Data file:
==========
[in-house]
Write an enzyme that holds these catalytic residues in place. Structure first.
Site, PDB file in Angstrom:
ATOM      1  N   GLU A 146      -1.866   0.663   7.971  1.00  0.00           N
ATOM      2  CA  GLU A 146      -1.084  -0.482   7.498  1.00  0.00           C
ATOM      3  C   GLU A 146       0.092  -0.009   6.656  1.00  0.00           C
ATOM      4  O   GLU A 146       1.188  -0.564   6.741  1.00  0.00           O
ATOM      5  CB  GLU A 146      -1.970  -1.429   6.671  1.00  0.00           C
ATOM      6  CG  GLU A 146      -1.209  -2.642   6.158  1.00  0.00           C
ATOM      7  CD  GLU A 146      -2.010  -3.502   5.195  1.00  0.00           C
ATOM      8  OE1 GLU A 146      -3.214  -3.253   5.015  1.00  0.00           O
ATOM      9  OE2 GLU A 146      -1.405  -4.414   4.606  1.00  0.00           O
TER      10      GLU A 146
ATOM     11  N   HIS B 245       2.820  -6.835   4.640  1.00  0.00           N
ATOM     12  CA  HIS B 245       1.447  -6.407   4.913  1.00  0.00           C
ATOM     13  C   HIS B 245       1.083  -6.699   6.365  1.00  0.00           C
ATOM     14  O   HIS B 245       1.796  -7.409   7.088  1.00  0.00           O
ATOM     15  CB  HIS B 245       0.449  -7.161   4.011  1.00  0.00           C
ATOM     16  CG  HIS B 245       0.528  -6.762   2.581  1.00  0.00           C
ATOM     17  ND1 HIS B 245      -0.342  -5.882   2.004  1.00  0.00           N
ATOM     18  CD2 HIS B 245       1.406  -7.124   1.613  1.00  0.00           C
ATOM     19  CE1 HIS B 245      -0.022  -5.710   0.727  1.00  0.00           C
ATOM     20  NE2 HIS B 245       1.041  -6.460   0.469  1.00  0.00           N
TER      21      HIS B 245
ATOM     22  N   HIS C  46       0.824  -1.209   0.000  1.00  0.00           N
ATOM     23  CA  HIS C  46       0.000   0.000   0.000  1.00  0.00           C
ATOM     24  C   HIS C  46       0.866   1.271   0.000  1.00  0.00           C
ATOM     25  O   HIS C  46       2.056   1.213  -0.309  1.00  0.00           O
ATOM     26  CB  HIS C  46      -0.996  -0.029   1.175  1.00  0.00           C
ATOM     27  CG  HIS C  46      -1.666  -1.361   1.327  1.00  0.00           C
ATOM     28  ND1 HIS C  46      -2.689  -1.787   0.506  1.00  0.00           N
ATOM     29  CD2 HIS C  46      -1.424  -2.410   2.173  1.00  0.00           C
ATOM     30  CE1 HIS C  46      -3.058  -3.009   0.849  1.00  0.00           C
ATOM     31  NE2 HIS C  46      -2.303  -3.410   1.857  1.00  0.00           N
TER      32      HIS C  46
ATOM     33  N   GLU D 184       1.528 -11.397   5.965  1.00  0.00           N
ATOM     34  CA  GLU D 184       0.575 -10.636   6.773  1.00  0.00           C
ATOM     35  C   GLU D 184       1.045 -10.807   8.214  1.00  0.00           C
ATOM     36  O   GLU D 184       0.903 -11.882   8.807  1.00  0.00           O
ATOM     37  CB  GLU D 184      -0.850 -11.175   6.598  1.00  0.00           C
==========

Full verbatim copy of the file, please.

[in-house]
Write an enzyme that holds these catalytic residues in place. Structure first.
Site, PDB file in Angstrom:
ATOM      1  N   GLU A 146      -1.866   0.663   7.971  1.00  0.00           N
ATOM      2  CA  GLU A 146      -1.084  -0.482   7.498  1.00  0.00           C
ATOM      3  C   GLU A 146       0.092  -0.009   6.656  1.00  0.00           C
ATOM      4  O   GLU A 146       1.188  -0.564   6.741  1.00  0.00           O
ATOM      5  CB  GLU A 146      -1.970  -1.429   6.671  1.00  0.00           C
ATOM      6  CG  GLU A 146      -1.209  -2.642   6.158  1.00  0.00           C
ATOM      7  CD  GLU A 146      -2.010  -3.502   5.195  1.00  0.00           C
ATOM      8  OE1 GLU A 146      -3.214  -3.253   5.015  1.00  0.00           O
ATOM      9  OE2 GLU A 146      -1.405  -4.414   4.606  1.00  0.00           O
TER      10      GLU A 146
ATOM     11  N   HIS B 245       2.820  -6.835   4.640  1.00  0.00           N
ATOM     12  CA  HIS B 245       1.447  -6.407   4.913  1.00  0.00           C
ATOM     13  C   HIS B 245       1.083  -6.699   6.365  1.00  0.00           C
ATOM     14  O   HIS B 245       1.796  -7.409   7.088  1.00  0.00           O
ATOM     15  CB  HIS B 245       0.449  -7.161   4.011  1.00  0.00           C
ATOM     16  CG  HIS B 245       0.528  -6.762   2.581  1.00  0.00           C
ATOM     17  ND1 HIS B 245      -0.342  -5.882   2.004  1.00  0.00           N
ATOM     18  CD2 HIS B 245       1.406  -7.124   1.613  1.00  0.00           C
ATOM     19  CE1 HIS B 245      -0.022  -5.710   0.727  1.00  0.00           C
ATOM     20  NE2 HIS B 245       1.041  -6.460   0.469  1.00  0.00           N
TER      21      HIS B 245
ATOM     22  N   HIS C  46       0.824  -1.209   0.000  1.00  0.00           N
ATOM     23  CA  HIS C  46       0.000   0.000   0.000  1.00  0.00           C
ATOM     24  C   HIS C  46       0.866   1.271   0.000  1.00  0.00           C
ATOM     25  O   HIS C  46       2.056   1.213  -0.309  1.00  0.00           O
ATOM     26  CB  HIS C  46      -0.996  -0.029   1.175  1.00  0.00           C
ATOM     27  CG  HIS C  46      -1.666  -1.361   1.327  1.00  0.00           C
ATOM     28  ND1 HIS C  46      -2.689  -1.787   0.506  1.00  0.00           N
ATOM     29  CD2 HIS C  46      -1.424  -2.410   2.173  1.00  0.00           C
ATOM     30  CE1 HIS C  46      -3.058  -3.009   0.849  1.00  0.00           C
ATOM     31  NE2 HIS C  46      -2.303  -3.410   1.857  1.00  0.00           N
TER      32      HIS C  46
ATOM     33  N   GLU D 184       1.528 -11.397   5.965  1.00  0.00           N
ATOM     34  CA  GLU D 184       0.575 -10.636   6.773  1.00  0.00           C
ATOM     35  C   GLU D 184       1.045 -10.807   8.214  1.00  0.00           C
ATOM     36  O   GLU D 184       0.903 -11.882   8.807  1.00  0.00           O
ATOM     37  CB  GLU D 184      -0.850 -11.175   6.598  1.00  0.00           C